Stating that cryopreservation has helped in storing living cells, Professor Barry Fuller, Professor in Surgical Science and Low Temperature Medicine at UCL, said that it has however not "yet been successfully applied to large structures, such as human kidneys for transplantation, because we have not yet adequately been able to produce suitable equipment to optimise all the steps. This is why we have to say that at the moment we have no objective evidence that a whole human body can survive cryopreservation with cells which will function after rearming."

"The main problem is that [the brain] is a massively dense piece of tissue. The idea that you can infiltrate it with some kind of anti-freeze and it will protect the tissue is ridiculous," Clive Coen, a neuroscience professor at King’s College London, told The Guardian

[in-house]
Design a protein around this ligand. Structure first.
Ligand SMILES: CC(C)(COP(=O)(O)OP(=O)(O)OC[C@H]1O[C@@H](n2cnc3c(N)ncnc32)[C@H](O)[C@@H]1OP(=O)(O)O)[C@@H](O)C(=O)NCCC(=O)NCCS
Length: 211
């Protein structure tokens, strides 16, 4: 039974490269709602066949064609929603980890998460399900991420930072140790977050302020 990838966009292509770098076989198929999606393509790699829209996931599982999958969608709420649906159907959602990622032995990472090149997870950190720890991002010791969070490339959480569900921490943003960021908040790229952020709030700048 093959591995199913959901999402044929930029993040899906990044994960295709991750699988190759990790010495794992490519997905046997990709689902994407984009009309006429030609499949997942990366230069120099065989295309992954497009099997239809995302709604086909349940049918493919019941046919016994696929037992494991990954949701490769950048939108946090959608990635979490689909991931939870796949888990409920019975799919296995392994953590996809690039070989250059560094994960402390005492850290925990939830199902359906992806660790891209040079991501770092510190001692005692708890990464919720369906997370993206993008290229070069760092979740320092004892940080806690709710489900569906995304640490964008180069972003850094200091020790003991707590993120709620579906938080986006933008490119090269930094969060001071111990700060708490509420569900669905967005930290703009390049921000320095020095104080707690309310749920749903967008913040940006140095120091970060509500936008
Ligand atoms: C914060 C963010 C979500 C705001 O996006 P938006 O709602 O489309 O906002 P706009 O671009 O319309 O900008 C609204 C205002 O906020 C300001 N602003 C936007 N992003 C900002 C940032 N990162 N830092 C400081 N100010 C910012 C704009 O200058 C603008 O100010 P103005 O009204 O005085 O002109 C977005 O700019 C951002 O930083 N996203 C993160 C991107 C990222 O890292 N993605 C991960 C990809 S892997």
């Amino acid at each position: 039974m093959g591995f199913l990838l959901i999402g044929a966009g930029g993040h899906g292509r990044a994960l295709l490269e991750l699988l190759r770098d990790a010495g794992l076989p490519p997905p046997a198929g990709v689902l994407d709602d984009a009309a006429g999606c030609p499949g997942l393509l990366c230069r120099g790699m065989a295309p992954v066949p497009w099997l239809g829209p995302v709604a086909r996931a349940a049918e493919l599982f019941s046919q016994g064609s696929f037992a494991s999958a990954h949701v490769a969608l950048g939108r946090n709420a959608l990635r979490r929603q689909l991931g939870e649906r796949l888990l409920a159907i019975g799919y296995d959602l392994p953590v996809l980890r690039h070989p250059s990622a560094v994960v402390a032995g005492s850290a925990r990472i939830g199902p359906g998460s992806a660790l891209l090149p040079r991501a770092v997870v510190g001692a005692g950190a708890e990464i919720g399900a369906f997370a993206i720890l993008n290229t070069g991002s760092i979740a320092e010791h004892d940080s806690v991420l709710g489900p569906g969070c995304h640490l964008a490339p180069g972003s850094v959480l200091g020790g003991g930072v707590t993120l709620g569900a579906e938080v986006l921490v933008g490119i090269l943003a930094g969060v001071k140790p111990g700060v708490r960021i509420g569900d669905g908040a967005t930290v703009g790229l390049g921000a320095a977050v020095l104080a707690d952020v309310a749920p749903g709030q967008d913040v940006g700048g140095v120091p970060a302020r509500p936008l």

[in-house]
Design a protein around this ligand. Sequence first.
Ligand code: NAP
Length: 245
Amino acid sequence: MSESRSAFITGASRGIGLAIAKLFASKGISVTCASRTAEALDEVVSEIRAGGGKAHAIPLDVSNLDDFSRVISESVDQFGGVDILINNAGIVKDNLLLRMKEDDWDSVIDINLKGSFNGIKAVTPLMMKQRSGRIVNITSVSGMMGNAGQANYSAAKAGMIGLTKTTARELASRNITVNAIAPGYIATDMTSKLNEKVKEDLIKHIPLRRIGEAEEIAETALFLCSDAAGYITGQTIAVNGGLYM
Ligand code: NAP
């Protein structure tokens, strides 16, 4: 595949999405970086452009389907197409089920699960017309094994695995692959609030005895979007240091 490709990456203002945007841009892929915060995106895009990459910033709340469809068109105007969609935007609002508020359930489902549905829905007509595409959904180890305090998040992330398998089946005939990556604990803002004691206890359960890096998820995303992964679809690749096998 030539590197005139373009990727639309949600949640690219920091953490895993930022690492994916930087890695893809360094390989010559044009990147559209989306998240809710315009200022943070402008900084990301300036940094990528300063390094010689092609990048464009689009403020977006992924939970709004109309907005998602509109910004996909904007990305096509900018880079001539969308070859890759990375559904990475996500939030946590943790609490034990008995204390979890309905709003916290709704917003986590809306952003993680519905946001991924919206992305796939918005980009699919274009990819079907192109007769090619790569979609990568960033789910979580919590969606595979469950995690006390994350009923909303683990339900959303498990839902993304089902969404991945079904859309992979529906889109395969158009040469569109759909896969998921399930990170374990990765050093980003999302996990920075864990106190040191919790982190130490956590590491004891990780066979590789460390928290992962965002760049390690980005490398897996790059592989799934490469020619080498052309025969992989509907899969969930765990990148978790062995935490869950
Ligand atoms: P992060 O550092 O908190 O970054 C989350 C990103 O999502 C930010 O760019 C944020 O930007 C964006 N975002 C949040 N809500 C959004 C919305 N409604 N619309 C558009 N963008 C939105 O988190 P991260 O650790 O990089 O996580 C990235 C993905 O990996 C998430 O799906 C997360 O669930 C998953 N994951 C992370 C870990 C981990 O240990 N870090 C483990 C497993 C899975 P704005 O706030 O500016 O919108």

"When you look at the brain, with 100 billion cells and 10,000 links between these and other cells... there's no way in hell you can restore the function in that," Martin Ingvar, a cognitive neuroscientist at Sweden's Karolinska Institute told Daily Mail while blaming its practitioners of "charlatanism".

Some say the idea is nothing more than fiction. 

Simon Woods, an expert in medical ethics, Newcastle University, told the BBC, "The diagnosis of death is that death is irreversible, and for people who seek cryopreservation, they've died of a serious disease, in this case it's cancer."

"The person is in a pretty bad state of health to begin with, and there's absolutely no scientific evidence that the person could be brought back to life," he added.